The media loves polls, and making glib comparisons! And if you've spent any time at all studying the way they make use of both, you'd know that their enthusiasm for numbers often outpaces their grasp of the underlying math and methodology. One type of poll that's sure to get a splashy mention these days is presidential approval polls, which track the ups and downs in the overall popularity of the sitting president. These polls are important: How else will we know when President Obama's "honeymoon is over?"
One thing that the media likes to do is compare the approval ratings of various presidents to one another. And one of the more popular ways to compare presidents is to see where the public stood at a fixed point in the presidential tenures of several different presidents. After all, how else will we know which president totally alienated the public the fastest?
That said, owing to my knowledge of recent history, there's one specific type of cross-historical presidential-approval comparison that I was certain would never be made. Because... well, because if you think about the major historical events of the past decade, there's one specific point in time where the measurement of presidential approval just... just...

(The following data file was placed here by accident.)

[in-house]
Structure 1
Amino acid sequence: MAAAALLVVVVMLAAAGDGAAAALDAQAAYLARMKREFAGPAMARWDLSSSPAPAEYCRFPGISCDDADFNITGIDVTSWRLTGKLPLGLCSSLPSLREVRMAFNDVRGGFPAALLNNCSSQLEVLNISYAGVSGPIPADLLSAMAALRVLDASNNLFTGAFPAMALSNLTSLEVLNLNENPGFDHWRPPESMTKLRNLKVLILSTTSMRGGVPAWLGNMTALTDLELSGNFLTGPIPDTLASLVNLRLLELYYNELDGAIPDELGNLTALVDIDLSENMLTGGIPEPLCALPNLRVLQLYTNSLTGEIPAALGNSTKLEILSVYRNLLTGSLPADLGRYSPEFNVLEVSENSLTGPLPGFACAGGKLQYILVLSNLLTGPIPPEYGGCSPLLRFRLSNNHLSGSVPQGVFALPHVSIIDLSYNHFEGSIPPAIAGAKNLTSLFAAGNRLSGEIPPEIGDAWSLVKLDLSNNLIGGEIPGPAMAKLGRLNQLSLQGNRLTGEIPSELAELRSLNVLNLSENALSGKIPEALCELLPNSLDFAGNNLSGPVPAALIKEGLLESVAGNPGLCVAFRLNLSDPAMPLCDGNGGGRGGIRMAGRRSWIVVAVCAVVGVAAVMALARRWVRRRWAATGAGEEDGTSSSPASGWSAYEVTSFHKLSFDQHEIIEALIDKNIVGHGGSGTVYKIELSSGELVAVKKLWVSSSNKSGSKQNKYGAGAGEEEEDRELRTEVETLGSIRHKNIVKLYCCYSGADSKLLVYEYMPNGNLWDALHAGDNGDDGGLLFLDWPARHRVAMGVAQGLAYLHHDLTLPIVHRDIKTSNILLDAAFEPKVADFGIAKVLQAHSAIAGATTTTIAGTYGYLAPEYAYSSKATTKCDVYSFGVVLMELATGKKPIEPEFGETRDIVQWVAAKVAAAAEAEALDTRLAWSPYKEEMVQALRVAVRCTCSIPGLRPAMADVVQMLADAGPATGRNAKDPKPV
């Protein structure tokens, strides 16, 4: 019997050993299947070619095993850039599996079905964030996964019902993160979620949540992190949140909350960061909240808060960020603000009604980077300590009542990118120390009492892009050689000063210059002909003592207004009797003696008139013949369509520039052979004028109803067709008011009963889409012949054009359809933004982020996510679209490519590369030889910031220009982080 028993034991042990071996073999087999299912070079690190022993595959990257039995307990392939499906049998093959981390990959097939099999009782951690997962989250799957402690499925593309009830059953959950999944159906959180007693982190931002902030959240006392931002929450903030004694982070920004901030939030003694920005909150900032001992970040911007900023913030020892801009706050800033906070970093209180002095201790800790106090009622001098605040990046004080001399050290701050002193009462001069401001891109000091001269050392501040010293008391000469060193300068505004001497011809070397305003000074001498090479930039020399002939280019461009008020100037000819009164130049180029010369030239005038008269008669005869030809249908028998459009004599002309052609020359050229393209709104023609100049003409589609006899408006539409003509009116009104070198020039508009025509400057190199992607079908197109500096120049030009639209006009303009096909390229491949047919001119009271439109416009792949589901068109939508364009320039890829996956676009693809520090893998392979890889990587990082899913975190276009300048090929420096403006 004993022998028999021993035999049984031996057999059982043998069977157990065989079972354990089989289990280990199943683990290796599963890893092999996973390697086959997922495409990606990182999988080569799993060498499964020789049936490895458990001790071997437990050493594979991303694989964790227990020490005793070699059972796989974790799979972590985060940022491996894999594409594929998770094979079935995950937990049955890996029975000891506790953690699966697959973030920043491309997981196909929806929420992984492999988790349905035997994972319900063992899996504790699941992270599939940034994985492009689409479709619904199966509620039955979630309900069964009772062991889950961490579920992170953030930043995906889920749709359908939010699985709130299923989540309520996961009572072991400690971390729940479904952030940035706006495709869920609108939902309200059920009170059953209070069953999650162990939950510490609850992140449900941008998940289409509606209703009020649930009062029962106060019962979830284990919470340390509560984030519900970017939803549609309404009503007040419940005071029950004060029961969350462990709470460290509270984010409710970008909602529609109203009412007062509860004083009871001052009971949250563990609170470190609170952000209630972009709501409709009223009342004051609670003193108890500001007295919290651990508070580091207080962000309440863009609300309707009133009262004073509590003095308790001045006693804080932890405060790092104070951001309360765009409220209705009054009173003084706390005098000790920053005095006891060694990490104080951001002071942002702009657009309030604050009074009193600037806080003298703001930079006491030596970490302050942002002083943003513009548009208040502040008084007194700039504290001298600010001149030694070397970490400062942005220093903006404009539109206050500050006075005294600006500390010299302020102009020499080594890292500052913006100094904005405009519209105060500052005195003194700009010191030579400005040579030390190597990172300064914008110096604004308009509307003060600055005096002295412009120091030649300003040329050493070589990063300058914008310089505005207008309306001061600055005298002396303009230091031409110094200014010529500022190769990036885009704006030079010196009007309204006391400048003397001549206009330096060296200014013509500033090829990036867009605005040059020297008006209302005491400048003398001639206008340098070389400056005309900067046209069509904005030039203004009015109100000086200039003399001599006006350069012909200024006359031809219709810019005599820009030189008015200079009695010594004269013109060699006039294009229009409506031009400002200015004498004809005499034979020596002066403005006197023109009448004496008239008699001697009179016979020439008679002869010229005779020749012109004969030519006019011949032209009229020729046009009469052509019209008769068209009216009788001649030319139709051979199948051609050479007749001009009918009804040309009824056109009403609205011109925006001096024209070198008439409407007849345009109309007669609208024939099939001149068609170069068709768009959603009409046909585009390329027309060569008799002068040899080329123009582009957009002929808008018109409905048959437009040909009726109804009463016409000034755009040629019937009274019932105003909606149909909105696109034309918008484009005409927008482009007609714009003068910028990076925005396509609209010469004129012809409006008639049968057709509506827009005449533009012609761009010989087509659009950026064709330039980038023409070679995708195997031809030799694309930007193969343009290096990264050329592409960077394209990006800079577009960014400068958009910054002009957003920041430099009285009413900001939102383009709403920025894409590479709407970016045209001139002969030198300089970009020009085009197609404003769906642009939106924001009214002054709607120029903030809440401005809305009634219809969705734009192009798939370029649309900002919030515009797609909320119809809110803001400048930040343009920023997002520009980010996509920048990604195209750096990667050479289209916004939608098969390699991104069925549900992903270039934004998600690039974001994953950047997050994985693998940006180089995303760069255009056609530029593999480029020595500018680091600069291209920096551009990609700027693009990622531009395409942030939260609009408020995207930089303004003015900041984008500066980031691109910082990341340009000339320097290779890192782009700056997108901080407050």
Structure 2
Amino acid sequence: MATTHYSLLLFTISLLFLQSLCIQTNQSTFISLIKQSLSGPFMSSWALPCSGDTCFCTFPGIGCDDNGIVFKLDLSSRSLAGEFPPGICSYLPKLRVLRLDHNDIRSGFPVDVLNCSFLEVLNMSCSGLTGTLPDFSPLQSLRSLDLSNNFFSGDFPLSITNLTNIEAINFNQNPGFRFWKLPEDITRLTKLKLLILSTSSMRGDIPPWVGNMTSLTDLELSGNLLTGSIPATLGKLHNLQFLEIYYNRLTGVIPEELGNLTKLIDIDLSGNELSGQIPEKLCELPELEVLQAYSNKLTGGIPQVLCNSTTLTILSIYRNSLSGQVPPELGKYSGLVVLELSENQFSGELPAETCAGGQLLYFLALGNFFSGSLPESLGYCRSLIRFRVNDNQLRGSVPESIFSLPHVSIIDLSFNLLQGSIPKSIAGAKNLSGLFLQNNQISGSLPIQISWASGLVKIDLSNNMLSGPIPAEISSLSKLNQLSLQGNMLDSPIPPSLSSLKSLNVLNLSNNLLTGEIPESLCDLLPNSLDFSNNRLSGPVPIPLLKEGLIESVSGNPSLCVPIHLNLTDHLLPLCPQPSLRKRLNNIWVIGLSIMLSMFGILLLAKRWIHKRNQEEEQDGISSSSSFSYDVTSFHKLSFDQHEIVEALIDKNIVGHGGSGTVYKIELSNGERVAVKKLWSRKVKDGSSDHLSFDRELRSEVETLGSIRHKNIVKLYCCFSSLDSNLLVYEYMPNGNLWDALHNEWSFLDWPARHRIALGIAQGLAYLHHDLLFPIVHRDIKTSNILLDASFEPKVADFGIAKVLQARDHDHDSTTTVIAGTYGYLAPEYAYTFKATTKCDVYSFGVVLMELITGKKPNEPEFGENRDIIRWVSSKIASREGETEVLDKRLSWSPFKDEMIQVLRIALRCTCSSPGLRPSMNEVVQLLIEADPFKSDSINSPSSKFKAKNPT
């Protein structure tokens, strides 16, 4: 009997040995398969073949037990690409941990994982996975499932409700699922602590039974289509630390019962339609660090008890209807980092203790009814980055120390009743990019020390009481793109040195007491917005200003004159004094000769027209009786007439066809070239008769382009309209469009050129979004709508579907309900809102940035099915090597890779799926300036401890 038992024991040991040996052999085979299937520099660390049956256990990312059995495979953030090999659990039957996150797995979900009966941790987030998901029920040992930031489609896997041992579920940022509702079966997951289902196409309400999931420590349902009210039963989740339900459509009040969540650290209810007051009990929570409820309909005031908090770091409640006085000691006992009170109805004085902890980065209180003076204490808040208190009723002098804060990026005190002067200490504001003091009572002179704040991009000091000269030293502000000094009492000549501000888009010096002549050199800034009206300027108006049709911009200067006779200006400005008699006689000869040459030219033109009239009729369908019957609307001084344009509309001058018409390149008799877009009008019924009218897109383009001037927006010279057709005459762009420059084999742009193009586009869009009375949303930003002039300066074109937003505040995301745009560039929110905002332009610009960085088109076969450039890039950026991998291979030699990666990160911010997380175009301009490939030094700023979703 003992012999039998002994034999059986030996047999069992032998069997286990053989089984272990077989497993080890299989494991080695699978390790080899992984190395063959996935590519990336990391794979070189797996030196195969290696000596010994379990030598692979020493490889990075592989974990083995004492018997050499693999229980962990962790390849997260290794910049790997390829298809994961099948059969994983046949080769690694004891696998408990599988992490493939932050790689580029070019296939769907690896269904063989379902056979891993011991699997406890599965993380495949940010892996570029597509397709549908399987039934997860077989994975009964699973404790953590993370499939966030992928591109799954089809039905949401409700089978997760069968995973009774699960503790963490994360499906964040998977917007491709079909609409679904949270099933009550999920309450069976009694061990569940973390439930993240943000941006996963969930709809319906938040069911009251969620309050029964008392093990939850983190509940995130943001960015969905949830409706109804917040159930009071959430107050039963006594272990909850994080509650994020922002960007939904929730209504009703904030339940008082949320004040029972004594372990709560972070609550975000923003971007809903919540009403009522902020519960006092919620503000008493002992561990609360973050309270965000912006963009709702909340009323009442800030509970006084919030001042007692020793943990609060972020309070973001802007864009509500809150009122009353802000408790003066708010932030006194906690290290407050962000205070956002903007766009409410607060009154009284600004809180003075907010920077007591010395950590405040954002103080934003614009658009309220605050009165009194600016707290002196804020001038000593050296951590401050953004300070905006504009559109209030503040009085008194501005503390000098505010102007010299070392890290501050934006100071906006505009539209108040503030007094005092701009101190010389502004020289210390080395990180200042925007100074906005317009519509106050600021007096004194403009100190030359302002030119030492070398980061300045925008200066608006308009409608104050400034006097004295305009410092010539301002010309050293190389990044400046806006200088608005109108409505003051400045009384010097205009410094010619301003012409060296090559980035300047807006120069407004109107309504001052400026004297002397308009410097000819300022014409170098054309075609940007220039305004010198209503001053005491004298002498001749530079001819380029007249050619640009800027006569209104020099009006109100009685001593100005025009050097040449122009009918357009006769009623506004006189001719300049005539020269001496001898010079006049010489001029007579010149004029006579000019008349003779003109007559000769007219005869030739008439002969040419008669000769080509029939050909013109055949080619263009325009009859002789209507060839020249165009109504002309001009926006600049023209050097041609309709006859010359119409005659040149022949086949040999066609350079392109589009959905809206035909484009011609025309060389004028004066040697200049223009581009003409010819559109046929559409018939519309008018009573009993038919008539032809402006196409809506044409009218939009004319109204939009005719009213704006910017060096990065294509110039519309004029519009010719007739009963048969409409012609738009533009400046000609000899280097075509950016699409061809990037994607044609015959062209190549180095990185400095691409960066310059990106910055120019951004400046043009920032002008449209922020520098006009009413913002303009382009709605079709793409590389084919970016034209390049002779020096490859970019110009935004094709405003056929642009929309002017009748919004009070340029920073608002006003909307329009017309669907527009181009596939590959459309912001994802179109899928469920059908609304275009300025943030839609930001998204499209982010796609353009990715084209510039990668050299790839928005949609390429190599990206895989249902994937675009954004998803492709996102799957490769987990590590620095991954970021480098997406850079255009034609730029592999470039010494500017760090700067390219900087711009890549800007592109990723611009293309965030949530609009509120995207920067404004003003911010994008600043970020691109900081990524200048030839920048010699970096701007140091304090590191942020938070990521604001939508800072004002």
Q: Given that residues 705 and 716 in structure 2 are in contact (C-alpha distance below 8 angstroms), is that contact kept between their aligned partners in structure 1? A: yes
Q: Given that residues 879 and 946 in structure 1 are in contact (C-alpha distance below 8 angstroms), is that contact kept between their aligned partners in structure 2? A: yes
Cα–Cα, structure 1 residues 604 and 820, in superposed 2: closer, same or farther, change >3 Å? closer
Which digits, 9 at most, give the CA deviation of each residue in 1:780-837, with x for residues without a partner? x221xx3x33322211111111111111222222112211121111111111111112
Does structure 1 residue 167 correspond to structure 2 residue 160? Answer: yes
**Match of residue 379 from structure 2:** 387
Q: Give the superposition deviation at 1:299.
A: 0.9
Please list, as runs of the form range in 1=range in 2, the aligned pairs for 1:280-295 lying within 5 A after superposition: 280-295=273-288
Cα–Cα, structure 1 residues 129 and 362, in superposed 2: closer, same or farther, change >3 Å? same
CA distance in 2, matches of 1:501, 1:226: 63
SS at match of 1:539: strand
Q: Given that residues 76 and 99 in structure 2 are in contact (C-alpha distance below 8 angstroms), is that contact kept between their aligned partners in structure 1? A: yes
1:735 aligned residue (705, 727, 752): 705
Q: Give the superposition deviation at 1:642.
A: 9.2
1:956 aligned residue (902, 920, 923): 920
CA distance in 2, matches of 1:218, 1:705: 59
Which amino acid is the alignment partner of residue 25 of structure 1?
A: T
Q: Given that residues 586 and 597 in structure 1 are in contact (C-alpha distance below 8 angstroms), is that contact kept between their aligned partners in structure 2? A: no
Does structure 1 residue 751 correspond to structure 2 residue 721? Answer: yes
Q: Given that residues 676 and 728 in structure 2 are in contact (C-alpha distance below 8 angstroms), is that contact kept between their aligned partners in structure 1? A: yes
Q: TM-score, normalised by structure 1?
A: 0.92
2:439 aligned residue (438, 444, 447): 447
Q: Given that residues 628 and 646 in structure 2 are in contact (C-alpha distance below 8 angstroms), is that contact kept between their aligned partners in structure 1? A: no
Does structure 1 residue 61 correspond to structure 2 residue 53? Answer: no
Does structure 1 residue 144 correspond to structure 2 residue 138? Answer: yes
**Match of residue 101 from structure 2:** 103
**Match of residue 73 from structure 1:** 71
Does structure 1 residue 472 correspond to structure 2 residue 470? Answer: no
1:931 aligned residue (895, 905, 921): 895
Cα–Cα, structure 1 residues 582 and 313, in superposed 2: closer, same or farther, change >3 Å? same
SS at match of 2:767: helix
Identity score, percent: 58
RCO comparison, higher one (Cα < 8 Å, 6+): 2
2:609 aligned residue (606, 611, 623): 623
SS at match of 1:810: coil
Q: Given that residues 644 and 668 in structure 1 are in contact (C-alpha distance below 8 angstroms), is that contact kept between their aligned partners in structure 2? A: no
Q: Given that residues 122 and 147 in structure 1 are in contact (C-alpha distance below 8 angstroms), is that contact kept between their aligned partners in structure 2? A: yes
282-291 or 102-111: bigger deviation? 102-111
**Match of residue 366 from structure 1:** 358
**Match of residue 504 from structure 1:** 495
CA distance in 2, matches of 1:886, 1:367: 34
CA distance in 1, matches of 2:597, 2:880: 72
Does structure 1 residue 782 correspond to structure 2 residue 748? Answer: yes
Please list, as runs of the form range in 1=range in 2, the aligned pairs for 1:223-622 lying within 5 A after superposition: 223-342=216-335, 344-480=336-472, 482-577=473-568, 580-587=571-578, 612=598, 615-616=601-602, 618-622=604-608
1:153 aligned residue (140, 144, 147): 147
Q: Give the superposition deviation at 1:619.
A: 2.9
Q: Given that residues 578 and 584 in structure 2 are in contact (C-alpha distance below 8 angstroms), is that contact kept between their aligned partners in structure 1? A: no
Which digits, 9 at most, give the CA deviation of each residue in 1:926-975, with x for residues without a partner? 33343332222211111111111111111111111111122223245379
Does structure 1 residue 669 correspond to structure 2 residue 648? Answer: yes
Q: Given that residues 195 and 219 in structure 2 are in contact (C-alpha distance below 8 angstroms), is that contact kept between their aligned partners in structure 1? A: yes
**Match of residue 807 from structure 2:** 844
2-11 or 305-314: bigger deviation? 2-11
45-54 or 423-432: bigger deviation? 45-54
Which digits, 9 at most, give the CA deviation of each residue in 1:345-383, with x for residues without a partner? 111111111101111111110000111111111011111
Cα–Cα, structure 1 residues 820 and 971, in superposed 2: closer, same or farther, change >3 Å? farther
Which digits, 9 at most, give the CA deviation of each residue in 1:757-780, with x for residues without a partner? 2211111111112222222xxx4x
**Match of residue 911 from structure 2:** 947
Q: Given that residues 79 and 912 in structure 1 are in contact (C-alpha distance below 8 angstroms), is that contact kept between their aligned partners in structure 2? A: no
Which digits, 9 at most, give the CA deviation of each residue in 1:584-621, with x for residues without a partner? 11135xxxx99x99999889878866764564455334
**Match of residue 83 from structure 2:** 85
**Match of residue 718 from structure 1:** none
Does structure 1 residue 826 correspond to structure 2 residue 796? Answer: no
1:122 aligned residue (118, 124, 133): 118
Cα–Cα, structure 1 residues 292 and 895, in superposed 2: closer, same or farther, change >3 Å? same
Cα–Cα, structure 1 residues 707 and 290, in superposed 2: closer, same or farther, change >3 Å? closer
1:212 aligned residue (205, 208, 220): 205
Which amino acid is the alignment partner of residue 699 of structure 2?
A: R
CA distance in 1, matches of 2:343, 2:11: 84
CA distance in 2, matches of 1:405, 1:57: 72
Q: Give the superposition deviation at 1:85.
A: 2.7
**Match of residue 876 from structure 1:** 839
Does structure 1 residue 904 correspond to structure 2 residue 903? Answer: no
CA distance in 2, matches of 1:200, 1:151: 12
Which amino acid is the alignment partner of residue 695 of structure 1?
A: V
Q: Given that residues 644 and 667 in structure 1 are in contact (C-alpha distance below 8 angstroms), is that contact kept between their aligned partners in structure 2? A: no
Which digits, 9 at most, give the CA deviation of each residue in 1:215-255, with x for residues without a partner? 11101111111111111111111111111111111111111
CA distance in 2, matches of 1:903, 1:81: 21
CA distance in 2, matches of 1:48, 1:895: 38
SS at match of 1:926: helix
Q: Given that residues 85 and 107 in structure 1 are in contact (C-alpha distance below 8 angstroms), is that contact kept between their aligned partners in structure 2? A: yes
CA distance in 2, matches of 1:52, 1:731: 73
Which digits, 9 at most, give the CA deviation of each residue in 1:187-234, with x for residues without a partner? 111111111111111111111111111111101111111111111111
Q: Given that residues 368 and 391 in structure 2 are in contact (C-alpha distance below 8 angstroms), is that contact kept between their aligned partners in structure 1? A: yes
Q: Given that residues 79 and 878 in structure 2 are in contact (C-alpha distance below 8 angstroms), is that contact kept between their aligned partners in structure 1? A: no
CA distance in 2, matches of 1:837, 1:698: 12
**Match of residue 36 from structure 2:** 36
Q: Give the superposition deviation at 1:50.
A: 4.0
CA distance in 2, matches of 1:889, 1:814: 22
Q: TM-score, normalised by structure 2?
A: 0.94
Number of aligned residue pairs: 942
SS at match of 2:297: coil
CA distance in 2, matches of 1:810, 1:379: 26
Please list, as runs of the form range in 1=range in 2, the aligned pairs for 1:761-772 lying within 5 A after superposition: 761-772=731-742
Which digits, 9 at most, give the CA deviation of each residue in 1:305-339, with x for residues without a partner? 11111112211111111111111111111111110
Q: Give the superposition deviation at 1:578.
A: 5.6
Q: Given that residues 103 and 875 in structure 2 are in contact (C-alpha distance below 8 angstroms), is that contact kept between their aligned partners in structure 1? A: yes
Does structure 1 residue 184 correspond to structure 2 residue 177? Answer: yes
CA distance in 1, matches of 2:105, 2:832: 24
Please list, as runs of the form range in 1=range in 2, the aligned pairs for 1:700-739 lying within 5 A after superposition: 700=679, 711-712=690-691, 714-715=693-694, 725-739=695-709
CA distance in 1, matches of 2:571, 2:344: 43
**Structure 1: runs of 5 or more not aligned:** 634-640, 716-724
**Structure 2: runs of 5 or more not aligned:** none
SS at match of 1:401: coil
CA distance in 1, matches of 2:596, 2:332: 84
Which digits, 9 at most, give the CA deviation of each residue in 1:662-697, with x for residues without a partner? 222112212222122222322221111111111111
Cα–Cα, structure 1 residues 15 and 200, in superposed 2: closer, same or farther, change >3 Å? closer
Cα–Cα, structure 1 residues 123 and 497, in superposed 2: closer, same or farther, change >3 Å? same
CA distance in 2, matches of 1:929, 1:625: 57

Oh, let's just cut to perennial must-read David Weigel, celebrating the crossing of this particular Rubicon by Fox News Washington Managing Editor Bill Sammon, who today writes:
Obama's immediate predecessor, President George W. Bush, had an approval rating of 86 percent, or 39 points higher than Obama at this stage.
It occurs to me, of course, that the inclusion of this obfuscatory data point is entirely superfluous. Bill Sammon could write a perfectly fine, critical article on Obama's diminished approval ratings without acting as if his readers were all stupid. But what fun would that be?
New Adventures in Hackwork [The Washington Independent]